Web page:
An article in the TES, an education magazine, has caused some consternation – and rightly so. In a comment piece, written by a teacher, the author appears to describe being irritated at a child who is determined to get an A grade rather than a B at A-level.
That is not what the government wants this teacher to be doing. We can tell that from the incentives that this sixth-form teacher faces. The author works at a sixth form college, and if that child fails to get an “A”, it will show up in his college’s results. Sixth forms are ranked on the average grade attained by their students, and pushing a kid from a B to an A shows up in the school point score.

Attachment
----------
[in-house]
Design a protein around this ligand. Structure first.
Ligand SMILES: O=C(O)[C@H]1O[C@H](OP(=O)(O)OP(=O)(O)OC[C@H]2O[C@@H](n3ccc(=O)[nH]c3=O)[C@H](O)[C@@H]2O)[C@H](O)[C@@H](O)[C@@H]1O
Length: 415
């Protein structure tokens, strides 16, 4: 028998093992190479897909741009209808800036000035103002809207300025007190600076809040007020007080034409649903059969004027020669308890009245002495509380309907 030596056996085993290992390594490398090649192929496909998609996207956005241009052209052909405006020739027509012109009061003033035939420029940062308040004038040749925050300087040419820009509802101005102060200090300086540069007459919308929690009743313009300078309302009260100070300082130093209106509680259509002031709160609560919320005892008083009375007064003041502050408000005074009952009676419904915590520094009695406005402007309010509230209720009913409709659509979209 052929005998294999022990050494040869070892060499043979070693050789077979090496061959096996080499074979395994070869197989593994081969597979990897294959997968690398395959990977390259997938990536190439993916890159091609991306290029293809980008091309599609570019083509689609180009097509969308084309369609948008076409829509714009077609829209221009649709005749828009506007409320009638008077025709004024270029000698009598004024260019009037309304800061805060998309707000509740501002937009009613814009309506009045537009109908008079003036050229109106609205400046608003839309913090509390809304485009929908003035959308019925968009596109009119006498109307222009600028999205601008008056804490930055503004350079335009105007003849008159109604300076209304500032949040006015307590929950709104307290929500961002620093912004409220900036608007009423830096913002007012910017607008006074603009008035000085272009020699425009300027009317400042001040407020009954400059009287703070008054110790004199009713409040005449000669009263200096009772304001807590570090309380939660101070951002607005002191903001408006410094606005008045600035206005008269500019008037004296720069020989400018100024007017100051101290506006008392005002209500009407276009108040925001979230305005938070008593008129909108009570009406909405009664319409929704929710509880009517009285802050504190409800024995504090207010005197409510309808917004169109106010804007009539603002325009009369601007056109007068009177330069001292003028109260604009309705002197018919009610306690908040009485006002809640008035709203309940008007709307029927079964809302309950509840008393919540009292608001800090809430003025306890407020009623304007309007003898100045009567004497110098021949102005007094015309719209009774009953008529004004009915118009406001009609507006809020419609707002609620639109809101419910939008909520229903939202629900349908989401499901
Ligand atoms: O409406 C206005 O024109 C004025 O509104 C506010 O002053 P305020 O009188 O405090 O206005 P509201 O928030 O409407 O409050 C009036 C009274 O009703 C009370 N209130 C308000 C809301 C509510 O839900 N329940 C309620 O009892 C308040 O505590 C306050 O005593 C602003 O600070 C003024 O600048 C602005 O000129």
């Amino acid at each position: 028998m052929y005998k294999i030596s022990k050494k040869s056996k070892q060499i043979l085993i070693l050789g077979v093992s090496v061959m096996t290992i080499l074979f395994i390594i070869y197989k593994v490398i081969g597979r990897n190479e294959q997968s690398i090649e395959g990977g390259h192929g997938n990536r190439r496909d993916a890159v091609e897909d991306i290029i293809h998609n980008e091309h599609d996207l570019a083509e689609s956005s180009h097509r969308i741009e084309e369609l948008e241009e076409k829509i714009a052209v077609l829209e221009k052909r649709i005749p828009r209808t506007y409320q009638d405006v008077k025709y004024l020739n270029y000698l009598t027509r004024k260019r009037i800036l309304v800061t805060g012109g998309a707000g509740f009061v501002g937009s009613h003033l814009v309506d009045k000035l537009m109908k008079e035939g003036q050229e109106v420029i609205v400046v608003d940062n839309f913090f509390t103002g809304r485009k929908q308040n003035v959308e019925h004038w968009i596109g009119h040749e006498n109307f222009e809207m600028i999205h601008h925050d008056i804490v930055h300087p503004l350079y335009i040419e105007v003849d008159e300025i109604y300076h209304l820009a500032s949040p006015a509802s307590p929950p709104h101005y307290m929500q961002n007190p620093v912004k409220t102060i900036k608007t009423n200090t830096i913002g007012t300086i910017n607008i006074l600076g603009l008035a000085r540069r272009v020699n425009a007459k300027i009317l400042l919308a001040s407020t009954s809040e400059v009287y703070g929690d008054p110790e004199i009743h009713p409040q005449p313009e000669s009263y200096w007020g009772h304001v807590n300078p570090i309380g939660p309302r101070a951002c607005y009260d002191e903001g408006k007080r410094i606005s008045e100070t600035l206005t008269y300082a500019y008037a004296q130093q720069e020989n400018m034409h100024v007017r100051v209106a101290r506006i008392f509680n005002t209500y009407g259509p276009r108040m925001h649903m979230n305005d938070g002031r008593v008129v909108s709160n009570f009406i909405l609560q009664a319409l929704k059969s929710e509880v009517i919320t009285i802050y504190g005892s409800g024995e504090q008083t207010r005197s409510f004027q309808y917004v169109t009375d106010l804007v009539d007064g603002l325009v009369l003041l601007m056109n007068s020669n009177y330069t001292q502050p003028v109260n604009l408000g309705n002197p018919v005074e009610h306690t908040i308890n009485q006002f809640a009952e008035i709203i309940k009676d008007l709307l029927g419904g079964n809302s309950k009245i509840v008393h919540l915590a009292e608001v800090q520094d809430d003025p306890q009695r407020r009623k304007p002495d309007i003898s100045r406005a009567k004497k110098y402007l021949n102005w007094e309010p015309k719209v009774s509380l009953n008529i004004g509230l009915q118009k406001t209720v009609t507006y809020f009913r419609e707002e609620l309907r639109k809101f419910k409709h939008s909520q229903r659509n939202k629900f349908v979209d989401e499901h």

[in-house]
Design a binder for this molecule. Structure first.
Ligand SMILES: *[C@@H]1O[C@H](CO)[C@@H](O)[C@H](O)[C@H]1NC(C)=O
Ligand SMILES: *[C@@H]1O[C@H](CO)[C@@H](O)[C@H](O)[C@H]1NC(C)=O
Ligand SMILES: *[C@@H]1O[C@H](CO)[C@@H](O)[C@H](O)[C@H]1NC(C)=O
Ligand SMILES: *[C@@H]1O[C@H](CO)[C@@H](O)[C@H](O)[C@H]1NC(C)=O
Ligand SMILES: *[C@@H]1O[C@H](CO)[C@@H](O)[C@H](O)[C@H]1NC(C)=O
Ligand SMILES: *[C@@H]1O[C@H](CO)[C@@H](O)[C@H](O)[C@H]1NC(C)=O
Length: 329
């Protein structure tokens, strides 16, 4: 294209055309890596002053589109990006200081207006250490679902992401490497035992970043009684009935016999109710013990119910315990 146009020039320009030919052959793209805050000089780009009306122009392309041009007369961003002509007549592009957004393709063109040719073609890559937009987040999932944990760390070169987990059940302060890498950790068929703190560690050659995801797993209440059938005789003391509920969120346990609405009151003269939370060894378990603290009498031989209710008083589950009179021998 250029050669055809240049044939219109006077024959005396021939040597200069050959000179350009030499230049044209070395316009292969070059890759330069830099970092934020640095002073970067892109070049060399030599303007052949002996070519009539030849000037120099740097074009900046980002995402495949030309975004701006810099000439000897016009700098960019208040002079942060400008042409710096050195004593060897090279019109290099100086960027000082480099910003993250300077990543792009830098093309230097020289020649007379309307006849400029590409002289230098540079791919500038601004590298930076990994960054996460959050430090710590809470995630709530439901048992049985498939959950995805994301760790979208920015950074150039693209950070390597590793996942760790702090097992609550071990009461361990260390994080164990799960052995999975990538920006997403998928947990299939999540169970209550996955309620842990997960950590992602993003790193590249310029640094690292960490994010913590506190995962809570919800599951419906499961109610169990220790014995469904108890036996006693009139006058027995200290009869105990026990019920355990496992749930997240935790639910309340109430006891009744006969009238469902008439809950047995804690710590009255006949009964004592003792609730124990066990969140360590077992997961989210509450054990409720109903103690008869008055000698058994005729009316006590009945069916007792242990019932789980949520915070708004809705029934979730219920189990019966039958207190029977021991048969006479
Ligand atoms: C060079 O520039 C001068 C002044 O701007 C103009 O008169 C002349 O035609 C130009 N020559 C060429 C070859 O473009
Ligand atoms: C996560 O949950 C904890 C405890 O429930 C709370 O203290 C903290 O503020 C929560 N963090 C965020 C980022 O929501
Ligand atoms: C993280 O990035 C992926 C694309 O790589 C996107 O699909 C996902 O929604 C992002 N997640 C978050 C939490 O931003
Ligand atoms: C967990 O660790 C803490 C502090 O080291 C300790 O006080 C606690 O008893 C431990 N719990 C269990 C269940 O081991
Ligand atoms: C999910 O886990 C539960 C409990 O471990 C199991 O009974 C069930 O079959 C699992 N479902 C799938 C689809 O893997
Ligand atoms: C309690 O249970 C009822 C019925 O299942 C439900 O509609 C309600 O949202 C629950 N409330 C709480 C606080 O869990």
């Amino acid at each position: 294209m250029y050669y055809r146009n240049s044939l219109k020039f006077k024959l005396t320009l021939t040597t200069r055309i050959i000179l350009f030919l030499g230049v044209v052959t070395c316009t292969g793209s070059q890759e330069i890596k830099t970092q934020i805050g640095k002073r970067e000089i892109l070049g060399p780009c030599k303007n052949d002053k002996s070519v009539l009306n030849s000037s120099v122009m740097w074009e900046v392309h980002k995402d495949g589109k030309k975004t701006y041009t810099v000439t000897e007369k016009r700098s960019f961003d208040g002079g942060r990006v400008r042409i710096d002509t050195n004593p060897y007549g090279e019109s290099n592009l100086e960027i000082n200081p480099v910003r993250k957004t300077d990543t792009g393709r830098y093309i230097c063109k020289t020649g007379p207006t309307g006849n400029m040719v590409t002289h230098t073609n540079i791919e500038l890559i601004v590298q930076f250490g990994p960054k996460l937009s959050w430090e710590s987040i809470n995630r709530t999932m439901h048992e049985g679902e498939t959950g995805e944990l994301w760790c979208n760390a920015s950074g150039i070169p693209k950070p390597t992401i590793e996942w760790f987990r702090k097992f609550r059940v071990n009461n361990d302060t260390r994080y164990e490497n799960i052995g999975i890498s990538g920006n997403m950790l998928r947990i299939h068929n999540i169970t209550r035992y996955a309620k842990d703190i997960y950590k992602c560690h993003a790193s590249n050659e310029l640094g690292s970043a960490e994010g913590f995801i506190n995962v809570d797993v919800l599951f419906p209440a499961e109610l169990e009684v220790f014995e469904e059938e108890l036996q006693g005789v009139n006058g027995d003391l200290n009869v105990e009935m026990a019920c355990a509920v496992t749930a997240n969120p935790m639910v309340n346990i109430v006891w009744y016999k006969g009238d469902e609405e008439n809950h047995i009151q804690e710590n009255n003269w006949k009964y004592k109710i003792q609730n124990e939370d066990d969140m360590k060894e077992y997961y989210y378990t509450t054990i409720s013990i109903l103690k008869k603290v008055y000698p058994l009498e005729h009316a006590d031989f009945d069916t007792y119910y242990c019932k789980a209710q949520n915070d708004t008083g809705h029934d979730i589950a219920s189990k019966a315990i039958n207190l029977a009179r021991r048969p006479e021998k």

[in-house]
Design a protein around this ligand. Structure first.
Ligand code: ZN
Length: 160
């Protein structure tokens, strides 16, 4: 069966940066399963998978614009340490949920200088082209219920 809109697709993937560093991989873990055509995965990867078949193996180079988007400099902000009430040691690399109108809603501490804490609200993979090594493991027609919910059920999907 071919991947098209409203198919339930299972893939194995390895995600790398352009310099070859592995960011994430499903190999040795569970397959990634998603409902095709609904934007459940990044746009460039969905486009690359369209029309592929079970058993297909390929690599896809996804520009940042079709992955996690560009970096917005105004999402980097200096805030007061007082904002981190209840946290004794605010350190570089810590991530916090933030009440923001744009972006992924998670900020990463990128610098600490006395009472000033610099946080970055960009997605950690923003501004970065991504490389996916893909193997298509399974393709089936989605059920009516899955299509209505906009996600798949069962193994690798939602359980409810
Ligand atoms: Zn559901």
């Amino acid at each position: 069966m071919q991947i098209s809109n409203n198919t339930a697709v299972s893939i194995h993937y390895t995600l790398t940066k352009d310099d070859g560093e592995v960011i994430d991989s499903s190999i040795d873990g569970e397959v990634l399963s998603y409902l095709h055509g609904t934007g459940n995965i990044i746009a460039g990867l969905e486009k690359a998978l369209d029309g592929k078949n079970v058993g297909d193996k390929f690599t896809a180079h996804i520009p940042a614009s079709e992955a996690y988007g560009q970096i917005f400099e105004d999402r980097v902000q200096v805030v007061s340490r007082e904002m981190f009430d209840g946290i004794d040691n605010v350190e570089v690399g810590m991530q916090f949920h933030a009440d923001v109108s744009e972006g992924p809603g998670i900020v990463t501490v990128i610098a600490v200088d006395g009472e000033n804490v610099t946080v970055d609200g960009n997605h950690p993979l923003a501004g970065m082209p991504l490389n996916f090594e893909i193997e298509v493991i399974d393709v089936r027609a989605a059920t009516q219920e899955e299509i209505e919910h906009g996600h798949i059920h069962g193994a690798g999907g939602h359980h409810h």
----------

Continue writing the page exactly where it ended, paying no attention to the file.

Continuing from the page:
Were this teacher teaching a 16 year-old, however, his behaviour would be perfectly rational. The central measure for schools is the proportion of children getting passes of a C or better in five full GCSEs including English and maths.
Both regulation and league tables drive focus on that measure. There are buckets of data that reveal schools which are particularly focussed on that borderline, but as long as schools do well enough in the core measure, heads can safely ignore everything else.
As Graham Stuart, Tory chair of the education select committee has said, this measure offers no reward for pressing a child to move from a C to an A. It is rational for teachers to focus on getting children over the D/C borderline.